Aging is no business for the timid. The limitations that confront us as we get older can make even the most mundane daily tasks difficult, from keeping our homes tidy to getting to the doctor’s office.
But the challenges of aging don’t fall on the elderly alone. They are shared by the family and friends who help with transportation, grocery shopping, housework, meal preparation, financial management, medication management, and a continuing list of responsibilities both large and small.
The burden is also shared by the businesses that employ these unpaid caregivers and see their stress, distraction, and erratic schedules reflected in the workplace.
Consider the following:
- As recently as 2009, nearly 62 million Americans provided unpaid care for one or more adults, with nearly half taking care of someone 75 or older.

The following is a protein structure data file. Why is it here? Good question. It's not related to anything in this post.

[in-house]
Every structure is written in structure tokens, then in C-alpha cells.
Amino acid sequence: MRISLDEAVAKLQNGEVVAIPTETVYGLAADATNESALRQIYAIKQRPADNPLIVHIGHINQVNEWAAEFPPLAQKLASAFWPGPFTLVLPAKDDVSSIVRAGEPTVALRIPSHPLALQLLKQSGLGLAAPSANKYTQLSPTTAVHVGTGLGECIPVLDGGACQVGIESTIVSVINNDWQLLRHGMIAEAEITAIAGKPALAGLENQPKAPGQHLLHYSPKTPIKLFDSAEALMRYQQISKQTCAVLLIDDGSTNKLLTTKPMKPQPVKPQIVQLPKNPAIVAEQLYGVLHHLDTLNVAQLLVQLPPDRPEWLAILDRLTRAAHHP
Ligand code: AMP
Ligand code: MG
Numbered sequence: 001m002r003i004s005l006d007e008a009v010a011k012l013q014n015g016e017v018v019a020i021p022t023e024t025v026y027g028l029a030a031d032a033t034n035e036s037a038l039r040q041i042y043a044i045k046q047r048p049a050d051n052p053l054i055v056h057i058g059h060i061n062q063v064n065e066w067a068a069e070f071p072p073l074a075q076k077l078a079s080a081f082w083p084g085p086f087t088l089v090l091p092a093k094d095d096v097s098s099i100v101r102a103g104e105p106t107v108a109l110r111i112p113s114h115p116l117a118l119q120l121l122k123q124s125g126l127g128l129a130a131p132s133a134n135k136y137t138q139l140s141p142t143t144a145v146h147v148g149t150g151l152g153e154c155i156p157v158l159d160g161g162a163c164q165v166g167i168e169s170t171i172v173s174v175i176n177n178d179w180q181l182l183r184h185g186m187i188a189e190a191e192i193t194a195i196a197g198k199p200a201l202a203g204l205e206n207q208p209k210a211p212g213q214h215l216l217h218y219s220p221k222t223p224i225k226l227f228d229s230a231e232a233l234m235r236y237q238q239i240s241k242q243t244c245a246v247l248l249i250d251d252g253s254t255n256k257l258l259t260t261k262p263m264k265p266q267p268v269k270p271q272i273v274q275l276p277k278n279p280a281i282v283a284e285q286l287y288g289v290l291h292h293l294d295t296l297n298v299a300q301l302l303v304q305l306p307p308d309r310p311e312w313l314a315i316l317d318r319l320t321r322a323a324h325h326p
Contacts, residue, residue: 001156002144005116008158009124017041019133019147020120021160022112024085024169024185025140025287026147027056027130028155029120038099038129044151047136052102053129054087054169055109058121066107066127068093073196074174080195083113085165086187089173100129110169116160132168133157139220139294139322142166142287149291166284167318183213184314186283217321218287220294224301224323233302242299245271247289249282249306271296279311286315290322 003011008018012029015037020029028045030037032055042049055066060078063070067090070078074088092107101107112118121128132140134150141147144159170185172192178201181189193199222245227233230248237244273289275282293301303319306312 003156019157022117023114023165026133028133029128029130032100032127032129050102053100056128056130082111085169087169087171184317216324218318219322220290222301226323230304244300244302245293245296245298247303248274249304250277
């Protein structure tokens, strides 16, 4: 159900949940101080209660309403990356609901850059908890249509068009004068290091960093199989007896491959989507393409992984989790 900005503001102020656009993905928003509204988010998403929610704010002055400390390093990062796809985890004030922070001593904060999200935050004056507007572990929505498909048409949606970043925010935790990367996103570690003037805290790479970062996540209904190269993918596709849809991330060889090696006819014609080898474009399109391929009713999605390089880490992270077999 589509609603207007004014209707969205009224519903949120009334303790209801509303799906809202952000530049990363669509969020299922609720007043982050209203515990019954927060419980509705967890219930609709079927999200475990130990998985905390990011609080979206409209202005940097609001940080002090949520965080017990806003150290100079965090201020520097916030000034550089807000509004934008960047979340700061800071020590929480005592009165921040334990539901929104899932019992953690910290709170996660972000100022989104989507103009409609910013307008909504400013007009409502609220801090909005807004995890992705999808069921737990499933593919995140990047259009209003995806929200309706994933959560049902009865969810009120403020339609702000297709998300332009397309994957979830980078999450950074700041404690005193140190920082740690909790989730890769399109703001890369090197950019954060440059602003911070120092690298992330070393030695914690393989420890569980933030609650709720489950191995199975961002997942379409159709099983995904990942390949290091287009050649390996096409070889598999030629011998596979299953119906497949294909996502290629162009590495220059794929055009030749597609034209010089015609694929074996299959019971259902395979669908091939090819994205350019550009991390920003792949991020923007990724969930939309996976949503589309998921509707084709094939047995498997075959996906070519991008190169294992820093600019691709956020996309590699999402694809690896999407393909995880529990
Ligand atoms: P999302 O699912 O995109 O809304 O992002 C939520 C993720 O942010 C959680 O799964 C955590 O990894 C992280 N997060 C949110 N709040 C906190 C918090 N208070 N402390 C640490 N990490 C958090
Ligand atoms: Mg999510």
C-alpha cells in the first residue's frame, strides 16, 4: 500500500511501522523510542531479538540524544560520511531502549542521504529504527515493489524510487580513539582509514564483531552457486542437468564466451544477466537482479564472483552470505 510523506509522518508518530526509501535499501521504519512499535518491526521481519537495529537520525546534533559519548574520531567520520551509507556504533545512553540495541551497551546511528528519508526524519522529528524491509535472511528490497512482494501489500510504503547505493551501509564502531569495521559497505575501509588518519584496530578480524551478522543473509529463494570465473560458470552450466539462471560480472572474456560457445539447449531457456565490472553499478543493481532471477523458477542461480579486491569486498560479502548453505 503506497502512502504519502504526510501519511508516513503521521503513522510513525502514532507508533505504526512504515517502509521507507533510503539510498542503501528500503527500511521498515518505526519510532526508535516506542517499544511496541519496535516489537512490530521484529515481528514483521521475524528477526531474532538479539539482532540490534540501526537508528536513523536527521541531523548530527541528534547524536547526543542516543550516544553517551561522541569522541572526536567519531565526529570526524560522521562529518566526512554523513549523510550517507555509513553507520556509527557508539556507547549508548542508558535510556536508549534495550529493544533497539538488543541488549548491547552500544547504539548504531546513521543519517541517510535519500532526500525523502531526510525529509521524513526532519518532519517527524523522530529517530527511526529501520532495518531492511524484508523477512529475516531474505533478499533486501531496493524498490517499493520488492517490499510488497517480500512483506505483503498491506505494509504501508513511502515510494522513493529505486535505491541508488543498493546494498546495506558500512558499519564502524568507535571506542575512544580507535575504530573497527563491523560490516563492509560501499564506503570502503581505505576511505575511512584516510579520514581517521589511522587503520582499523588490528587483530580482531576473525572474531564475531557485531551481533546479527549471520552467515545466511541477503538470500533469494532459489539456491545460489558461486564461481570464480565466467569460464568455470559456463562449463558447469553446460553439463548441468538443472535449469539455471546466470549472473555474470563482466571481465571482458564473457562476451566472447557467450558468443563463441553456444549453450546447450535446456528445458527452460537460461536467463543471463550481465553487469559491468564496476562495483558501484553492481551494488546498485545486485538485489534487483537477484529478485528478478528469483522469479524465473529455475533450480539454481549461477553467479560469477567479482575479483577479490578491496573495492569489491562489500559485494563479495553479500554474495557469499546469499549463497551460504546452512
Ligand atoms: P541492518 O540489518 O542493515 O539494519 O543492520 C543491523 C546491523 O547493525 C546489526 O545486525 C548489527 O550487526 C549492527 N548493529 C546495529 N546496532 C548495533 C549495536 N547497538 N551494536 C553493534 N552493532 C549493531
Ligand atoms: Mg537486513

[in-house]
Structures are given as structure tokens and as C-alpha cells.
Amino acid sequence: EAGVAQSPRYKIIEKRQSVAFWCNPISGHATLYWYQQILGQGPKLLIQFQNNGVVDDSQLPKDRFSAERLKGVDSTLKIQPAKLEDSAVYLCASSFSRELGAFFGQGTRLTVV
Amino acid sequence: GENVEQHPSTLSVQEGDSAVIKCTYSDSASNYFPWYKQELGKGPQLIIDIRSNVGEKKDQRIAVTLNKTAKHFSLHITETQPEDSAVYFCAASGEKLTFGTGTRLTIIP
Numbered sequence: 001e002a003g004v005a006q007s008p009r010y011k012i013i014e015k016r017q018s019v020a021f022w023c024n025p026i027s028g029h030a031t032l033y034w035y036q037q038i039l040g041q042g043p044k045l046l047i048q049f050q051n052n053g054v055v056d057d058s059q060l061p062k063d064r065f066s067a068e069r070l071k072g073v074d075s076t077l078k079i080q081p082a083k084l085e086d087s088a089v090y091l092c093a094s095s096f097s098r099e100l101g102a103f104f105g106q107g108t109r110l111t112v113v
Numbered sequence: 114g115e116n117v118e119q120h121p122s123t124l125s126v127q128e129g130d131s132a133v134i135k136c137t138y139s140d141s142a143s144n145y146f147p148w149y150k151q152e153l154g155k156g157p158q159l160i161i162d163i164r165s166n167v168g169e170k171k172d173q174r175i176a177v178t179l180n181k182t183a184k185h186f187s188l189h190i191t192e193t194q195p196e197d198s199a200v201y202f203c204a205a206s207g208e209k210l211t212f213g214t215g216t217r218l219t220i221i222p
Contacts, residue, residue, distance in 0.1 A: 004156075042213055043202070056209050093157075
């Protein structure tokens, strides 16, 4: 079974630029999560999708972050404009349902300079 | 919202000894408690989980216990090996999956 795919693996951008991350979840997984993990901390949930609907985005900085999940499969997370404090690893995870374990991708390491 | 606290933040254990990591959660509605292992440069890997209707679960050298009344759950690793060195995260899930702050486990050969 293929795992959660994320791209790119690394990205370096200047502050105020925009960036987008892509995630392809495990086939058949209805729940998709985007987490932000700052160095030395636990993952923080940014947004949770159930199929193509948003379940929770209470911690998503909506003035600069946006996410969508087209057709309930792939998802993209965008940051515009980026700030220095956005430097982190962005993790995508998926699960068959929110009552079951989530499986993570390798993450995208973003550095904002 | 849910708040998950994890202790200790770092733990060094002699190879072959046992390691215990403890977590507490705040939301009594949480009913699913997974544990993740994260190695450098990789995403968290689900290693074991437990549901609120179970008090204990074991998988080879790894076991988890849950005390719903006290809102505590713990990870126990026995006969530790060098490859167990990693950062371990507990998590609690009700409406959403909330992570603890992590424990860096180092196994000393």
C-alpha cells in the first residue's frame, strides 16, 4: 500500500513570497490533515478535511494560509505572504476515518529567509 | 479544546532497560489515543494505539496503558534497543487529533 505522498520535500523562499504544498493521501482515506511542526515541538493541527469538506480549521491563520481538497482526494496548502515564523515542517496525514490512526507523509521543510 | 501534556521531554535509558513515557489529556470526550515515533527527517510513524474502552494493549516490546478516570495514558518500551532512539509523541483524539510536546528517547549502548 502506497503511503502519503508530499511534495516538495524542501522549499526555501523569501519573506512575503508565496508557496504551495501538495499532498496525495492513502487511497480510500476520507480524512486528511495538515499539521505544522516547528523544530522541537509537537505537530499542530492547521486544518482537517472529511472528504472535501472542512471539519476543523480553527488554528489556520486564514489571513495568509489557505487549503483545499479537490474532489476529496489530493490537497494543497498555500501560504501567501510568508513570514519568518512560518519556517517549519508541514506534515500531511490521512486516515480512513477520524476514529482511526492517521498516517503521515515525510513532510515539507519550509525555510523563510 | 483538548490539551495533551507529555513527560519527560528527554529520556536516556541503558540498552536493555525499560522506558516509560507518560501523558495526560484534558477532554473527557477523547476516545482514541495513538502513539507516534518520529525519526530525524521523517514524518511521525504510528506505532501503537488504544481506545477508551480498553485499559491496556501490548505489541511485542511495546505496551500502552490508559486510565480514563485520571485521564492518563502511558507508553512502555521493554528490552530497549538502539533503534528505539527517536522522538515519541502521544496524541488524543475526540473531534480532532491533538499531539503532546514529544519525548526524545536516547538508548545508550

- The caregivers were, themselves, nearly 50 years old on average and spent more than 20 hours a week providing care.
No wonder these responsibilities can affect caregivers’ physical and emotional health. No wonder, either, that employers are losing billions in lost productivity.
Over the next few weeks we will review the challenges of senior care as they fall on family members and their employers. The challenge is becoming greater, and it will continue to do so for the foreseeable future. But it is not unmanageable. In fact, Stay at Home exists for such challenges. Our expertise, reliability, and flexible schedules should be welcome news for families and employers alike.
To family members, we say you don’t have to run yourself ragged and make yourself sick with lost sleep and worry. To employers, we say you don’t have to watch helplessly as you lose experienced employees. You have the means to keep your staff happy, at work, and on the payroll.